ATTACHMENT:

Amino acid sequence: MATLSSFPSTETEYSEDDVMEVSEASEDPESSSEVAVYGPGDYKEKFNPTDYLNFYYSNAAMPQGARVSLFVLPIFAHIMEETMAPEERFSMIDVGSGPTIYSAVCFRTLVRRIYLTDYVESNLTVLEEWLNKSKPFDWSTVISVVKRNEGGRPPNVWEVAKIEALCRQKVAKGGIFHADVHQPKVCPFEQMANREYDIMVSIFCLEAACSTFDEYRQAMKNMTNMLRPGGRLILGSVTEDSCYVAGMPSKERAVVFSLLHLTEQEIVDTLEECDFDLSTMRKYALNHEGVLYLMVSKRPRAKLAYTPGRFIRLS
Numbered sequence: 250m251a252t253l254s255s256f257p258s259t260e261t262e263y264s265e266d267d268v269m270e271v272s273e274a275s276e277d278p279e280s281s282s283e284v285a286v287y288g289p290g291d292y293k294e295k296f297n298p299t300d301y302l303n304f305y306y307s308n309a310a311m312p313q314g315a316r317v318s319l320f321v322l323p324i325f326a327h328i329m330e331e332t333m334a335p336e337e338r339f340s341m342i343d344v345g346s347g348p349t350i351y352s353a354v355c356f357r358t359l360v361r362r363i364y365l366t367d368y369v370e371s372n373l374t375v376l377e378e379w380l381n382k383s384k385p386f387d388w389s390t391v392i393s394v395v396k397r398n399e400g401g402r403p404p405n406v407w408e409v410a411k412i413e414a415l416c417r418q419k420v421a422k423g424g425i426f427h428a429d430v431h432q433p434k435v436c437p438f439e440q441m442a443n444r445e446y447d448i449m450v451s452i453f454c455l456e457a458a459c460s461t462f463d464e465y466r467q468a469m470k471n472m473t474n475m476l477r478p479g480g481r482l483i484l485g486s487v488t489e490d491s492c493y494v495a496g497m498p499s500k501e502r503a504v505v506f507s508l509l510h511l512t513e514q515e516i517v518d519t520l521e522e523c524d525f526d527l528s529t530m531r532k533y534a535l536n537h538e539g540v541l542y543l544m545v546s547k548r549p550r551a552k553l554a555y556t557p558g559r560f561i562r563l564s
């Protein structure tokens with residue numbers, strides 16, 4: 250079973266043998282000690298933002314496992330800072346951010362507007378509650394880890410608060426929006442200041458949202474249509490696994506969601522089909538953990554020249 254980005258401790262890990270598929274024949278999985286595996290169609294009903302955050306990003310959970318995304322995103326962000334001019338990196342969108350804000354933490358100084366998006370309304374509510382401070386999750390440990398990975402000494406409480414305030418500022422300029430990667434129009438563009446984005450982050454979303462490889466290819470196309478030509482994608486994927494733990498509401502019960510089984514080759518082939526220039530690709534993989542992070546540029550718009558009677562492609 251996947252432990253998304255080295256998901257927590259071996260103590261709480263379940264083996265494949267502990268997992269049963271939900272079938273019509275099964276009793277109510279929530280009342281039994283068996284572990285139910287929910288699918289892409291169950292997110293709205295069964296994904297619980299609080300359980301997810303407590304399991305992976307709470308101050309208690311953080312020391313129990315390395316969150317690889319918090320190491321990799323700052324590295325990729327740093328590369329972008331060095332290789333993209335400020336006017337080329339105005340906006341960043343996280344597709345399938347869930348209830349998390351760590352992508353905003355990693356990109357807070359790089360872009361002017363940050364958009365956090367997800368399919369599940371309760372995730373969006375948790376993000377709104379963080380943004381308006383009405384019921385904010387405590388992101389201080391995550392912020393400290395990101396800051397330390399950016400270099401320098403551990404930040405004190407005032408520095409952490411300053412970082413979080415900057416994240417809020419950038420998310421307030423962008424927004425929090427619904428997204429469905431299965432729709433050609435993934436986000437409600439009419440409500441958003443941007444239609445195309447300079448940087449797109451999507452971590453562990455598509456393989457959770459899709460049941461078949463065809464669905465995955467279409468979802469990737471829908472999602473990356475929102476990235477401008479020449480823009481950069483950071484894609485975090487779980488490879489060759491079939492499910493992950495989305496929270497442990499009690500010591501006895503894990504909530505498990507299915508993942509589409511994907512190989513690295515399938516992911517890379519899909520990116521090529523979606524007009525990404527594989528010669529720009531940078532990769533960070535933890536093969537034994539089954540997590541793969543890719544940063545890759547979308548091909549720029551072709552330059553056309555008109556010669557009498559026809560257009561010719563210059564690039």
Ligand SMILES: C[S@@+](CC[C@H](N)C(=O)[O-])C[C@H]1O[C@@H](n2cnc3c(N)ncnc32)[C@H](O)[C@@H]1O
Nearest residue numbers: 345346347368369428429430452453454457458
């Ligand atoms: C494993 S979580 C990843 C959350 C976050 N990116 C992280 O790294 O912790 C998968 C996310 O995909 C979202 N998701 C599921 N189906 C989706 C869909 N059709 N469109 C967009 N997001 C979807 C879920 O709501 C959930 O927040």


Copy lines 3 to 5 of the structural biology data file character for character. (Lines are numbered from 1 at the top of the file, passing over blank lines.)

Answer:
């Protein structure tokens with residue numbers, strides 16, 4: 250079973266043998282000690298933002314496992330800072346951010362507007378509650394880890410608060426929006442200041458949202474249509490696994506969601522089909538953990554020249 254980005258401790262890990270598929274024949278999985286595996290169609294009903302955050306990003310959970318995304322995103326962000334001019338990196342969108350804000354933490358100084366998006370309304374509510382401070386999750390440990398990975402000494406409480414305030418500022422300029430990667434129009438563009446984005450982050454979303462490889466290819470196309478030509482994608486994927494733990498509401502019960510089984514080759518082939526220039530690709534993989542992070546540029550718009558009677562492609 251996947252432990253998304255080295256998901257927590259071996260103590261709480263379940264083996265494949267502990268997992269049963271939900272079938273019509275099964276009793277109510279929530280009342281039994283068996284572990285139910287929910288699918289892409291169950292997110293709205295069964296994904297619980299609080300359980301997810303407590304399991305992976307709470308101050309208690311953080312020391313129990315390395316969150317690889319918090320190491321990799323700052324590295325990729327740093328590369329972008331060095332290789333993209335400020336006017337080329339105005340906006341960043343996280344597709345399938347869930348209830349998390351760590352992508353905003355990693356990109357807070359790089360872009361002017363940050364958009365956090367997800368399919369599940371309760372995730373969006375948790376993000377709104379963080380943004381308006383009405384019921385904010387405590388992101389201080391995550392912020393400290395990101396800051397330390399950016400270099401320098403551990404930040405004190407005032408520095409952490411300053412970082413979080415900057416994240417809020419950038420998310421307030423962008424927004425929090427619904428997204429469905431299965432729709433050609435993934436986000437409600439009419440409500441958003443941007444239609445195309447300079448940087449797109451999507452971590453562990455598509456393989457959770459899709460049941461078949463065809464669905465995955467279409468979802469990737471829908472999602473990356475929102476990235477401008479020449480823009481950069483950071484894609485975090487779980488490879489060759491079939492499910493992950495989305496929270497442990499009690500010591501006895503894990504909530505498990507299915508993942509589409511994907512190989513690295515399938516992911517890379519899909520990116521090529523979606524007009525990404527594989528010669529720009531940078532990769533960070535933890536093969537034994539089954540997590541793969543890719544940063545890759547979308548091909549720029551072709552330059553056309555008109556010669557009498559026809560257009561010719563210059564690039």
Ligand SMILES: C[S@@+](CC[C@H](N)C(=O)[O-])C[C@H]1O[C@@H](n2cnc3c(N)ncnc32)[C@H](O)[C@@H]1O
Nearest residue numbers: 345346347368369428429430452453454457458